I have done a good deal of research into the history of plant-based medicines that eventually made their way into spirits and cocktails, like cinchona bark in tonic water, wormwood in absinthe, gentian in bitter amaro, and more. So I had great interest in the forthcoming The Plant Hunter by ethnobotanist Dr. Cassandra Leah Quave. [Buy it on: Bookshop, Amazon] The book comes out on October 19, 2021.
Ethnobotany is "the scientific study of the traditional knowledge and customs of a people concerning plants and their medical, religious, and other uses."
The Plant Hunter is an autobiography of her life in science - so far, anyway- she's only in her early 40s. The book traces her childhood interest in medicine, which changed to an interest in botany/ethnobotany as it pertains to modern medicinal uses. We follow along with many of her botanical educational adventures (learning about plants from indigenous healers) and collecting them- or hunting specific ones really, as in the title of the book.
Along the way we learn about her congenital defects that required many surgeries throughout her youth and constant maintenence in adulthood, being a young wife and mother of three children (two even before becoming a PI in the university) while pursuing academic goals, and particular challenges imposed on women in science. All of these Quave seems to have been able to out-work with what seems like zero downtime for two decades.
The book reveals what a life in academic science is like - always seeking funding for one's education/lab/research, applying for grants, publishing to prove the worthiness of being funded, publicizing experimental success, exploring related entrepreneurial endeavors, and all the while teaching students, mentoring employees from the undergrad to the PhD level, and seeking yet more funding to stay afloat. Plus doing the science.
Meanwhile, Quave takes us with her on her journeys to several countries on a few continents, meeting healers and housewives, botanists, and villagers while doing her field work. It involves not helicoptering in to grab plants and run, but (as she shows her profession realized was necessary) recording the stories of plant use from the locals -what they were used for and how they were prepared- and increasingly creating an exchange/contract so that the Western scientists and biotech companies wouldn't be the only ones to profit from their knowledge.
We also learn how all those plant samples are dried, processed, and tested back in her labs (she has two labs in two different university departments plus an herbarium) for their use particularly as antibiotics and against antibiotic-resistant bacteria and other microbes. She argues near the end of the book for more funding for these endeavors (not just for her own lab), as well as better equity for women and people of color in science in order to demolish the old boys network that is self-sustaining as it is in many fields.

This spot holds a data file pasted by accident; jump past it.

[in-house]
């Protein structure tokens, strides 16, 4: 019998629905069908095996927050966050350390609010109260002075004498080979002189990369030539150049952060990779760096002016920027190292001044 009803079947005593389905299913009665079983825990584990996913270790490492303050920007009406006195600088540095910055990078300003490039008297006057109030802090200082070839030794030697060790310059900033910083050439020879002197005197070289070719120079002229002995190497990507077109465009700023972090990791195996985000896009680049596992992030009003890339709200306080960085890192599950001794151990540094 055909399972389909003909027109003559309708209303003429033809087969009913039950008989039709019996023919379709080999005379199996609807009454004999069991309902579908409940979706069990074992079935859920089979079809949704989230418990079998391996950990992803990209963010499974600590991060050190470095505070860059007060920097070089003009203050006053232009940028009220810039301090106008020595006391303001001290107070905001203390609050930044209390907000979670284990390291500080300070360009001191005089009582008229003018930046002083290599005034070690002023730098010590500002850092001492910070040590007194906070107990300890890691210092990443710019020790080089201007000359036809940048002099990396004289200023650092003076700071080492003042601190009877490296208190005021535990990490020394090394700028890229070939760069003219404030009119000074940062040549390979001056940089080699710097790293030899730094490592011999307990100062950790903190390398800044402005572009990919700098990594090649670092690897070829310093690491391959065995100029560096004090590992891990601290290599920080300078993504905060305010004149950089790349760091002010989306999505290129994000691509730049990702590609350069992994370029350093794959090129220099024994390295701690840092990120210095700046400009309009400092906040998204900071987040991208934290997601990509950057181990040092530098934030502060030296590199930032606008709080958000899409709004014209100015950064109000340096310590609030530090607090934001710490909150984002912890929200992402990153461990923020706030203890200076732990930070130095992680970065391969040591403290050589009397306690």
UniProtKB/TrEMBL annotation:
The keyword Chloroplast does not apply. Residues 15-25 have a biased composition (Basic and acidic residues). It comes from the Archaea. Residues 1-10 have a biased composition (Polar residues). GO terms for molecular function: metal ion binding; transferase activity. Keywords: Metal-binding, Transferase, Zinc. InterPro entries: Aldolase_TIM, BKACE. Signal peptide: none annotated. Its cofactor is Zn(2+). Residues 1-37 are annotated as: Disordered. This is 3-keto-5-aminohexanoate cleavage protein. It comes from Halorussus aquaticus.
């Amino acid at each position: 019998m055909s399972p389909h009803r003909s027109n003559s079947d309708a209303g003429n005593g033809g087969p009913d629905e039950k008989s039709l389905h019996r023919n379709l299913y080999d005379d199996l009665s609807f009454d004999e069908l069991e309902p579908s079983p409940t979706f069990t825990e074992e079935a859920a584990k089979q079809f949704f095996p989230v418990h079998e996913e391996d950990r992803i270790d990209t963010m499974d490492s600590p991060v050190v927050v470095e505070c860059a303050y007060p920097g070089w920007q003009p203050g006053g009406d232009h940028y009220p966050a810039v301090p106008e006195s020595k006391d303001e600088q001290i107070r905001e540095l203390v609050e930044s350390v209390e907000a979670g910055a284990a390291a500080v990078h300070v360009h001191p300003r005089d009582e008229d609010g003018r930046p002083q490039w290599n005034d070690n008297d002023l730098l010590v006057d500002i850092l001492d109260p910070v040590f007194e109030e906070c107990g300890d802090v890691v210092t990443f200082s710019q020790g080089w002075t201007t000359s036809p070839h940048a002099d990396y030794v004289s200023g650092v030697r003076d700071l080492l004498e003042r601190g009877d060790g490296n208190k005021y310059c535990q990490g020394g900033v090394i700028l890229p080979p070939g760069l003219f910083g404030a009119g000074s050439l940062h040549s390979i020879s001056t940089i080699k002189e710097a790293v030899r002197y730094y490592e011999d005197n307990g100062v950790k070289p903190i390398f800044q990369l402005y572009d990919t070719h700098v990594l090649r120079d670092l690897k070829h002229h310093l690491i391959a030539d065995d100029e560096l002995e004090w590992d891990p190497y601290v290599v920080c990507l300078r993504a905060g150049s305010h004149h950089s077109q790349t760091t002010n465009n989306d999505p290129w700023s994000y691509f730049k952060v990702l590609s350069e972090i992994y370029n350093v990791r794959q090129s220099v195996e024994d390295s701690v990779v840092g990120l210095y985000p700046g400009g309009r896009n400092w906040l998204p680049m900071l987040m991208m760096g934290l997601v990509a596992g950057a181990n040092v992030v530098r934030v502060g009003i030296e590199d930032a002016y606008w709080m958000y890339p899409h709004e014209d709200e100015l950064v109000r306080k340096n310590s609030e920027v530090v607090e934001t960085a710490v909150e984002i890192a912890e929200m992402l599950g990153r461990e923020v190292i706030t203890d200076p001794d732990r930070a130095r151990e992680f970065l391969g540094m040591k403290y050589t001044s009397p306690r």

There wasn't overlap with my booze-related research, but that didn't make the reading of it any less enjoyable. It left me inspired to whine a little less and try to accomplish a lot more.
The description from the publisher is as follows:
A leading medical ethnobotanist tells us the story of her quest to develop new ways to fight illness and disease through the healing powers of plants in this uplifting and adventure-filled memoir.
Plants are the basis for an array of lifesaving and health-improving medicines we all now take for granted. Ever taken an aspirin? Thank a willow tree for that. What about life-saving medicines for malaria? Some of those are derived from cinchona and wormwood.
In today's world of synthetic pharmaceuticals, scientists and laypeople alike have lost this connection to the natural world. But by ignoring the potential of medicinal plants, we are losing out on the opportunity to discover new life-saving medicines needed in the fight against the greatest medical challenge of this century: the rise of the post-antibiotic era. Antibiotic-resistant microbes plague us all. Each year, 700,000 people die due to these untreatable infections; by 2050, 10 million annual deaths are expected unless we act now.
No one understands this better than Dr. Cassandra Quave, whose groundbreaking research as a leading medical ethnobotanist--someone who identifies and studies plants that may be able to treat antimicrobial resistance and other threatening illnesses--is helping to provide clues for the next generation of advanced medicines. In The Plant Hunter, Dr. Quave weaves together science, botany, and memoir to tell us the extraordinary story of her own journey. Traveling by canoe, ATV, mule, airboat, and on foot, she has conducted field research in the flooded forests of the remote Amazon, the murky swamps of southern Florida, the rolling hills of central Italy, isolated mountaintops in Albania and Kosovo, and volcanic isles arising out of the Mediterranean—all in search of natural compounds, long-known to traditional healers, that could help save us all from the looming crisis of untreatable superbugs. And as a person born with multiple congenital defects of her skeletal system, she's done it all with just one leg. Filled with grit, tragedy, triumph, awe, and scientific discovery, her story illuminates how the path forward for medical discovery may be found in nature's oldest remedies.